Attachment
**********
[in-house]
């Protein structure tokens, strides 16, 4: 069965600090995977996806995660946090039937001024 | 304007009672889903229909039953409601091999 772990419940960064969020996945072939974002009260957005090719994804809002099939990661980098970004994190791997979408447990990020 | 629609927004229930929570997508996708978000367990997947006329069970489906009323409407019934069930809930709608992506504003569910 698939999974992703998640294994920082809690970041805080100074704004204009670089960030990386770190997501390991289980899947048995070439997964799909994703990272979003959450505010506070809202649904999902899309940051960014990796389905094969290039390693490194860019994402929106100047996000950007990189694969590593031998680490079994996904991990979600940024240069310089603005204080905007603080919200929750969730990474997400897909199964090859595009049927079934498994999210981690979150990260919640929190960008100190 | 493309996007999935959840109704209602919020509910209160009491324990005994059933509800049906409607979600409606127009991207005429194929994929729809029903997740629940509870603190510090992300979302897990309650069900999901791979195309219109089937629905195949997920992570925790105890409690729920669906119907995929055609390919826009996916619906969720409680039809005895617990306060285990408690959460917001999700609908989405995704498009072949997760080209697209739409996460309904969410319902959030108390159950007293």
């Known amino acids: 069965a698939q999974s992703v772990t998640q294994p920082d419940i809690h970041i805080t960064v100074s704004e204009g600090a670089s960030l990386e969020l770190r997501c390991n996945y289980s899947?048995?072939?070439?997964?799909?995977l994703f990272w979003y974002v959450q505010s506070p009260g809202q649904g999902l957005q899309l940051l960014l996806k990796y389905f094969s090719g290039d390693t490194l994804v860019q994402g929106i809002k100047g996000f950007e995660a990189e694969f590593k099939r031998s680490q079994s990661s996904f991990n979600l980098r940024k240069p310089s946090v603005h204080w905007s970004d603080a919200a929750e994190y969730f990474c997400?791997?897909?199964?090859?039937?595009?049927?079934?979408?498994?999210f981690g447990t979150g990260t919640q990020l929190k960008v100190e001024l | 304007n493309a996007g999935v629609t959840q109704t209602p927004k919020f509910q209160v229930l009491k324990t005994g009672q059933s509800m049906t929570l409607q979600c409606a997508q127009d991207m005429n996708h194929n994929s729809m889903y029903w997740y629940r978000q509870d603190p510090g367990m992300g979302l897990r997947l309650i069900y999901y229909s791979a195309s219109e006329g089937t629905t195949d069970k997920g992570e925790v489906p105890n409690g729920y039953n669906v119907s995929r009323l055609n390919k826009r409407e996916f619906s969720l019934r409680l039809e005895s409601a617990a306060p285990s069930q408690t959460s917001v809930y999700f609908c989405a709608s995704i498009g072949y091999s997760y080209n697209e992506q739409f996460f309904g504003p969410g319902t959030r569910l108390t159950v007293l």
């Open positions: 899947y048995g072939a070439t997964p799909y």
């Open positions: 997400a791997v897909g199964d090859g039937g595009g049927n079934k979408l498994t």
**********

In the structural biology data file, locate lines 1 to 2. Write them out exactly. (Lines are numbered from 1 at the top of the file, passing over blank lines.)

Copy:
[in-house]
């Protein structure tokens, strides 16, 4: 069965600090995977996806995660946090039937001024 | 304007009672889903229909039953409601091999 772990419940960064969020996945072939974002009260957005090719994804809002099939990661980098970004994190791997979408447990990020 | 629609927004229930929570997508996708978000367990997947006329069970489906009323409407019934069930809930709608992506504003569910 698939999974992703998640294994920082809690970041805080100074704004204009670089960030990386770190997501390991289980899947048995070439997964799909994703990272979003959450505010506070809202649904999902899309940051960014990796389905094969290039390693490194860019994402929106100047996000950007990189694969590593031998680490079994996904991990979600940024240069310089603005204080905007603080919200929750969730990474997400897909199964090859595009049927079934498994999210981690979150990260919640929190960008100190 | 493309996007999935959840109704209602919020509910209160009491324990005994059933509800049906409607979600409606127009991207005429194929994929729809029903997740629940509870603190510090992300979302897990309650069900999901791979195309219109089937629905195949997920992570925790105890409690729920669906119907995929055609390919826009996916619906969720409680039809005895617990306060285990408690959460917001999700609908989405995704498009072949997760080209697209739409996460309904969410319902959030108390159950007293």